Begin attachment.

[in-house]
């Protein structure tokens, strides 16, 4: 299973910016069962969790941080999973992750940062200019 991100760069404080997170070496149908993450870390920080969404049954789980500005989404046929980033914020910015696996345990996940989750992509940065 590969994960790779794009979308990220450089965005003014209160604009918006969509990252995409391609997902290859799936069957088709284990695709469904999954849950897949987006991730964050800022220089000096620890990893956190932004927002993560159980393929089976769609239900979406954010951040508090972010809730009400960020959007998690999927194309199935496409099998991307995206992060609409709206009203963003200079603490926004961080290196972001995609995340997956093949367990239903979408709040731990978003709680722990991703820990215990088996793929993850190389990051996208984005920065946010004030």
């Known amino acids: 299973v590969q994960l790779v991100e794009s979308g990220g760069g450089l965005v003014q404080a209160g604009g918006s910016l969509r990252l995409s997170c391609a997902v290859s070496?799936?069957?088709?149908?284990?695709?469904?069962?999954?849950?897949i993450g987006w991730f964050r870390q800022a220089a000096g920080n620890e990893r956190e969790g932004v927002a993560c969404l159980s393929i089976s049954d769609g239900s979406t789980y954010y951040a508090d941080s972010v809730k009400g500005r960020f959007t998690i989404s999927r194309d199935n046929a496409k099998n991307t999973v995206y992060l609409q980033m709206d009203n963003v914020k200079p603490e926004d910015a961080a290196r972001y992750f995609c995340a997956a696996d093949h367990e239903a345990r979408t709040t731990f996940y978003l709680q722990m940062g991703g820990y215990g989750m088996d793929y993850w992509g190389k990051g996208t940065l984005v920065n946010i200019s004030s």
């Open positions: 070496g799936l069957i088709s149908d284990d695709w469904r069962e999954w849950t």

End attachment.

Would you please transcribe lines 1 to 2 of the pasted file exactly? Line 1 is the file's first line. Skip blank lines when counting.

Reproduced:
[in-house]
């Protein structure tokens, strides 16, 4: 299973910016069962969790941080999973992750940062200019 991100760069404080997170070496149908993450870390920080969404049954789980500005989404046929980033914020910015696996345990996940989750992509940065 590969994960790779794009979308990220450089965005003014209160604009918006969509990252995409391609997902290859799936069957088709284990695709469904999954849950897949987006991730964050800022220089000096620890990893956190932004927002993560159980393929089976769609239900979406954010951040508090972010809730009400960020959007998690999927194309199935496409099998991307995206992060609409709206009203963003200079603490926004961080290196972001995609995340997956093949367990239903979408709040731990978003709680722990991703820990215990088996793929993850190389990051996208984005920065946010004030």